I'm making the bold assumption that Jan has been reading this blog, so I'm not parading records I've already written about. I can't of course be a hundred-percent sure about what the bugger has been listening to, but let's hope most of these are new acquaintances.

Baroness: Blue Record (2009)
Is this cheating? I know I just said I wasn't going to list records I've already written about... well, technically I didn't write about this one, I just briefly mentioned what a brilliant album it is while writing about Baroness's latest release. I can't imagine Jan (or anyone else with half a brain or quarter of a heart) not liking Blue Record at all. There's this great, mysterious allure to the album, something that's harder and harder to come by these days -- or so it seems. Oh and those melodies... forget about it.

Bat for Lashes: Fur and Gold (2006)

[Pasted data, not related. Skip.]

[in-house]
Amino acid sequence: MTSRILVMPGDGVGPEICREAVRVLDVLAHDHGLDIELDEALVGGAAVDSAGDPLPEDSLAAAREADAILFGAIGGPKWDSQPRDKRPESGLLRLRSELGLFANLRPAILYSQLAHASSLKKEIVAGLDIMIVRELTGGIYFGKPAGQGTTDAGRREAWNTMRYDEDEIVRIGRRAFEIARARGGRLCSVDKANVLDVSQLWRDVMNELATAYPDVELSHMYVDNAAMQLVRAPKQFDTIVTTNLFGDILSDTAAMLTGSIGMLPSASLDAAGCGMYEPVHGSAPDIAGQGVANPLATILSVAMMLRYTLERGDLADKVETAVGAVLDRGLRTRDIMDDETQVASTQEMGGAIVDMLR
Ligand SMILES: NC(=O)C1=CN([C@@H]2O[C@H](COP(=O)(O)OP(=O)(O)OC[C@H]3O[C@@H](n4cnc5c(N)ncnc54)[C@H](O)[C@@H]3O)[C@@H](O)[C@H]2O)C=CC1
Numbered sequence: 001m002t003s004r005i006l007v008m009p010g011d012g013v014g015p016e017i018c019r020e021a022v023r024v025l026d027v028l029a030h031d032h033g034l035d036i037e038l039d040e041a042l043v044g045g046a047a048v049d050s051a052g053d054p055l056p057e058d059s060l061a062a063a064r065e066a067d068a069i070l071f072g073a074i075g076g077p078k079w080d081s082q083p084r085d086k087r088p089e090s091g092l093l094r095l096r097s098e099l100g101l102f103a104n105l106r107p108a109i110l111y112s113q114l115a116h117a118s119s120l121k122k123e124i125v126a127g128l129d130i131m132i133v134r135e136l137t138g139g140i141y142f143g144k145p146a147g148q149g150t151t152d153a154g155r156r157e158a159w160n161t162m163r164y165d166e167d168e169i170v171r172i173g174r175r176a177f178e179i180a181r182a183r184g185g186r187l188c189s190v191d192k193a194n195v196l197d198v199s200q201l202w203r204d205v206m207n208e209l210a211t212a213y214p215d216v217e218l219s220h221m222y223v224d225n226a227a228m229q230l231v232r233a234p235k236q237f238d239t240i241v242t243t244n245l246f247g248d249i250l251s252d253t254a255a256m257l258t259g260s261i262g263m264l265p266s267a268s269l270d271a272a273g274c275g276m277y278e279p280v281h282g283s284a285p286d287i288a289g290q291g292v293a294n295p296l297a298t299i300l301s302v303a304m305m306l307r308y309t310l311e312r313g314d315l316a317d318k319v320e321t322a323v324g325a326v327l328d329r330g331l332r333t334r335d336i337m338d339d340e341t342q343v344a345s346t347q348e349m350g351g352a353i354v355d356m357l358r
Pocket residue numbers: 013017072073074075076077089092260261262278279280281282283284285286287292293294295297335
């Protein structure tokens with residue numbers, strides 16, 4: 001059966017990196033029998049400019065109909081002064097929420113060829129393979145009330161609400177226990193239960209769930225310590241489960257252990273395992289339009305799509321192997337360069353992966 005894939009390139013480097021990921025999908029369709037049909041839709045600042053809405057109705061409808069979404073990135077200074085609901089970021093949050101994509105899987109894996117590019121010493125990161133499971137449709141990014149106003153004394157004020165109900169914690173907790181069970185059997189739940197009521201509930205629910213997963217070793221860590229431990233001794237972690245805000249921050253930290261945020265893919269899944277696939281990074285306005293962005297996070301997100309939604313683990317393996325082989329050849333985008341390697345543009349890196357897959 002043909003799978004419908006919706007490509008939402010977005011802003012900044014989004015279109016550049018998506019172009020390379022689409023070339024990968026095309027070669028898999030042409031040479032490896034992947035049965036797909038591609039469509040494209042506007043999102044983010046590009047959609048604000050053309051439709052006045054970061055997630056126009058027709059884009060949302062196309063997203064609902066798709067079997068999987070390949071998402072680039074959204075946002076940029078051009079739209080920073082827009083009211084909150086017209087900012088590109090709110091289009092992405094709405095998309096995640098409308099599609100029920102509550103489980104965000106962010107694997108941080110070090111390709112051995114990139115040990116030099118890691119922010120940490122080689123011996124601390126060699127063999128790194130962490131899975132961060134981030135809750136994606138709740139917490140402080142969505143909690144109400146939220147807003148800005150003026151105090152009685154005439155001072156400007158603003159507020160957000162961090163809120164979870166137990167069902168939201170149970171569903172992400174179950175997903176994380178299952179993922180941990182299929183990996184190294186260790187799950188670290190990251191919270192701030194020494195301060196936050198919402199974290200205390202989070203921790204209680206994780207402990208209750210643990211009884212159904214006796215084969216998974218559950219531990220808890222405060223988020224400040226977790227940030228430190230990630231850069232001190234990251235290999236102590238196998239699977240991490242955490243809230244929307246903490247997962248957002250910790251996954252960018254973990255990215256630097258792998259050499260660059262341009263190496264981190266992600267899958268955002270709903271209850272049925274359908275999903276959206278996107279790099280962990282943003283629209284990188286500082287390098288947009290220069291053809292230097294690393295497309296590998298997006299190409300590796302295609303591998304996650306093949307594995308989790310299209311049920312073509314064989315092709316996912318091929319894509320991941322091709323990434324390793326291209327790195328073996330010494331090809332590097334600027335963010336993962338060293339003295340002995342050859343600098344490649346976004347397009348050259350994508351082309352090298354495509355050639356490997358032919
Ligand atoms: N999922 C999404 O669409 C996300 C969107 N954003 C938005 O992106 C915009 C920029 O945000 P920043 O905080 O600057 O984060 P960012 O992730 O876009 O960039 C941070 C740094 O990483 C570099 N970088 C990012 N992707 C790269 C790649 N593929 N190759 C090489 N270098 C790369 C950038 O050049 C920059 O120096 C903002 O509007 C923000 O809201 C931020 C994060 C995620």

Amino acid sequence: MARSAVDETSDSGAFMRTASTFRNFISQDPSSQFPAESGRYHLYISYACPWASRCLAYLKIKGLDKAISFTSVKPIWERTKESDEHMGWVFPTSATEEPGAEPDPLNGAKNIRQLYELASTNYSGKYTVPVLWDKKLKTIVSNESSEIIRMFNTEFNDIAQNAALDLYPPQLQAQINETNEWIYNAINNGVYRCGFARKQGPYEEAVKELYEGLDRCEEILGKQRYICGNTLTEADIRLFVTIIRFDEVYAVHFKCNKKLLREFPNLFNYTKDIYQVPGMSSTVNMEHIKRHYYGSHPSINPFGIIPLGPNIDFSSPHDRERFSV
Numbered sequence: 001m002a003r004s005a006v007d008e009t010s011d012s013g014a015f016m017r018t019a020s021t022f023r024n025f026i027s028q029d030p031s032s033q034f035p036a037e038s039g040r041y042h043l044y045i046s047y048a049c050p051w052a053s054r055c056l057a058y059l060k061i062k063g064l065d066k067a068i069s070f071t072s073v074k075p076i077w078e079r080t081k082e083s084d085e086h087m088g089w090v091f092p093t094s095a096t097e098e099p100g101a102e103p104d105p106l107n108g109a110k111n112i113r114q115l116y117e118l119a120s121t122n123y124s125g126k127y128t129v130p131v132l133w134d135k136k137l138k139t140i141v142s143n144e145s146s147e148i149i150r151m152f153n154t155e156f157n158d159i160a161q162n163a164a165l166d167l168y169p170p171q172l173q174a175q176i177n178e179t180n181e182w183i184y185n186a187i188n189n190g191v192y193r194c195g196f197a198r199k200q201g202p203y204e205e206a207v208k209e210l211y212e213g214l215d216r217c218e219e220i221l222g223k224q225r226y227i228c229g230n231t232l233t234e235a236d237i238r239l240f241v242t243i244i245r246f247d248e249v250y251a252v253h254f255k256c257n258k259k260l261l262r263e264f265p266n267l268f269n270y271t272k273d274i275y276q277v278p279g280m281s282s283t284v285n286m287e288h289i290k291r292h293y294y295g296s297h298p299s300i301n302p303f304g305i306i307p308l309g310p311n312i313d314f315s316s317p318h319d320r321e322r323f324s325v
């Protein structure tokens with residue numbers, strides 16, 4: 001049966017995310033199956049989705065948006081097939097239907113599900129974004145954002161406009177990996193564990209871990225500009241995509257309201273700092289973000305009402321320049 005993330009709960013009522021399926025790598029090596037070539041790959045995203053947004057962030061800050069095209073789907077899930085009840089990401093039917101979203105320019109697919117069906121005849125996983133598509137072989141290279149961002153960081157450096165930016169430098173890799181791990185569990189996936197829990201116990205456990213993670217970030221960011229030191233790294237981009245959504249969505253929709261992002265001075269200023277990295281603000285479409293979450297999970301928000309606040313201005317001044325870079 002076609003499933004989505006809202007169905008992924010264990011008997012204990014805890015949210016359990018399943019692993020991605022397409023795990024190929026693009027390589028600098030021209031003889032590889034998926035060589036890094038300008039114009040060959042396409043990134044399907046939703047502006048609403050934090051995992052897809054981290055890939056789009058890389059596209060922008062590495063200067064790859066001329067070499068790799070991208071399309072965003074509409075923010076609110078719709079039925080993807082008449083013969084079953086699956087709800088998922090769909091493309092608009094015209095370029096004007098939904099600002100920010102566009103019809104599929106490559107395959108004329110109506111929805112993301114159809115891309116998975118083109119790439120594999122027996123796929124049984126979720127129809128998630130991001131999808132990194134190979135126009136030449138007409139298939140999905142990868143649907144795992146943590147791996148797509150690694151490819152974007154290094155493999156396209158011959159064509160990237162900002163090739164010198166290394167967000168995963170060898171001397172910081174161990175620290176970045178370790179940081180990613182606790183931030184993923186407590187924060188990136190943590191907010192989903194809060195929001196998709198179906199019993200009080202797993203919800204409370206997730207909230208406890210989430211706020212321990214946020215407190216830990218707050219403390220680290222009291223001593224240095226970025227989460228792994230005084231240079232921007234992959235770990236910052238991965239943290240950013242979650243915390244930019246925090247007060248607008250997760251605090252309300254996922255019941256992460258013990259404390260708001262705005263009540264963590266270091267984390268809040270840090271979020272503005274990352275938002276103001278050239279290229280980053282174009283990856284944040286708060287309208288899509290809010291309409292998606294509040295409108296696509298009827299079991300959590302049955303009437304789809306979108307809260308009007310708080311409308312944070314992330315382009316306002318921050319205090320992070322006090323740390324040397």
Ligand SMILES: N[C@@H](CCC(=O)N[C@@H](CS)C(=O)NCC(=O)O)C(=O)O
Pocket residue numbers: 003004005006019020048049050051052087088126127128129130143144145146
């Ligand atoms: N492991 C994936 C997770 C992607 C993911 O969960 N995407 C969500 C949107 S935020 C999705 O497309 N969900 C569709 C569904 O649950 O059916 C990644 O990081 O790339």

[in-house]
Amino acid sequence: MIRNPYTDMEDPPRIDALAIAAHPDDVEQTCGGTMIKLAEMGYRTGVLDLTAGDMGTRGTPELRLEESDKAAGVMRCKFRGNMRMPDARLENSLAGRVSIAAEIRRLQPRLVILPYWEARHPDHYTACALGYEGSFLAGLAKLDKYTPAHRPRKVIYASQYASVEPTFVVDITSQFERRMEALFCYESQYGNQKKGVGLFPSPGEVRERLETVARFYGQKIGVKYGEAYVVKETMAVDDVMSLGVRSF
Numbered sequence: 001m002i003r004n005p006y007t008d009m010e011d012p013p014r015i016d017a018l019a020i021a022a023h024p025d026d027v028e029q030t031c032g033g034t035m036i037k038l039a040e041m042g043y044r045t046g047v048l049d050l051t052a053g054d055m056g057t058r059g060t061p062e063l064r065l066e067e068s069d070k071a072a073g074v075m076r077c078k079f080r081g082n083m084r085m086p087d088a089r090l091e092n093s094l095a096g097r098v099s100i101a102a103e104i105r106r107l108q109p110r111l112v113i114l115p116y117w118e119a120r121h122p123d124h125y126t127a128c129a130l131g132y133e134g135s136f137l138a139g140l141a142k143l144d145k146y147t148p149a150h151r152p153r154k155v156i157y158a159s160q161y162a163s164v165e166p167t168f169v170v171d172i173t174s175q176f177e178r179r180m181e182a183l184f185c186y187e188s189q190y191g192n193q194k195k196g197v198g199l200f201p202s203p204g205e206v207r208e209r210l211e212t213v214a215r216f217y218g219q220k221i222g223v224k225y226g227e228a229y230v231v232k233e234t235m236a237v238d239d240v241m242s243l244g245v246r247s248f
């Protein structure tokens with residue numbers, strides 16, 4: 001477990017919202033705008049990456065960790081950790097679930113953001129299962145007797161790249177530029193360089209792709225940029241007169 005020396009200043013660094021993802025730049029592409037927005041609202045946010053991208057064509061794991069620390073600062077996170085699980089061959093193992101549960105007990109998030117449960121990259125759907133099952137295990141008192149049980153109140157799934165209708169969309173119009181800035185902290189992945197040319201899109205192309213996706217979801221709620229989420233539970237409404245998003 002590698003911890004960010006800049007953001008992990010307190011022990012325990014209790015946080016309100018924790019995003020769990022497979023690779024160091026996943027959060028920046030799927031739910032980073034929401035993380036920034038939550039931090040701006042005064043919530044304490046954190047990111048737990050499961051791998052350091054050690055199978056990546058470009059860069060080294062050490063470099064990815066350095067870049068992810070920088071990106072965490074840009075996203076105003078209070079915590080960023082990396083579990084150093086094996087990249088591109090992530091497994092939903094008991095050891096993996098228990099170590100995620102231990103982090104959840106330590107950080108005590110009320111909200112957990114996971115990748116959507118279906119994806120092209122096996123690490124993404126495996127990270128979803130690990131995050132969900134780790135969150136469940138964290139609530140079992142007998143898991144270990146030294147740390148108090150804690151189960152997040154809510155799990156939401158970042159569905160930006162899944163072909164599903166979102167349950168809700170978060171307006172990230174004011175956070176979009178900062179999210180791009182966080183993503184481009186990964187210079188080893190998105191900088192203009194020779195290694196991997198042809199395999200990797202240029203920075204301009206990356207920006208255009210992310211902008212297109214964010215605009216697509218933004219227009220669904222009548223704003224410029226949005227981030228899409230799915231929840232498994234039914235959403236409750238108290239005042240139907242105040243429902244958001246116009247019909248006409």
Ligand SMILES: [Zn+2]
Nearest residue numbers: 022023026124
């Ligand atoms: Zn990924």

There are two main reasons why I believe Jan will like this album. Firstly, he has a proven track record of liking female singer-songwriters. (I briefly considered cutting that sentence short at "proven track record of liking females", but opted against it. This time.) Secondly, Jan is, to use an accurate term, a fantasy nerd. Putting one and one together, Natasha Khan's mystical songwriting and enchanting delivery should do the trick. Fur and Gold is a magical album, capable of taking the listener -- hopefully Jan, in this case -- to places where heartbroken heroines ride off to the sunset.

Carcass: Heartwork (1994)
Jan is something of an Arch Enemy fan. I'm not sure if this has more to do with their music or with Angela Gossow -- if it's the latter, the potential effect of this recommendation is somewhat diminished, but what can you do. Carcass was the death metal band where the Arch Enemy mastermind Michael Amott earned his spurs. While Amott wasn't the principal songwriter in Carcass, he played his part, and I guess he has put the lessons he learned with these Liverpudlians into good use with Arch Enemy. Heartwork is Carcass's finest album.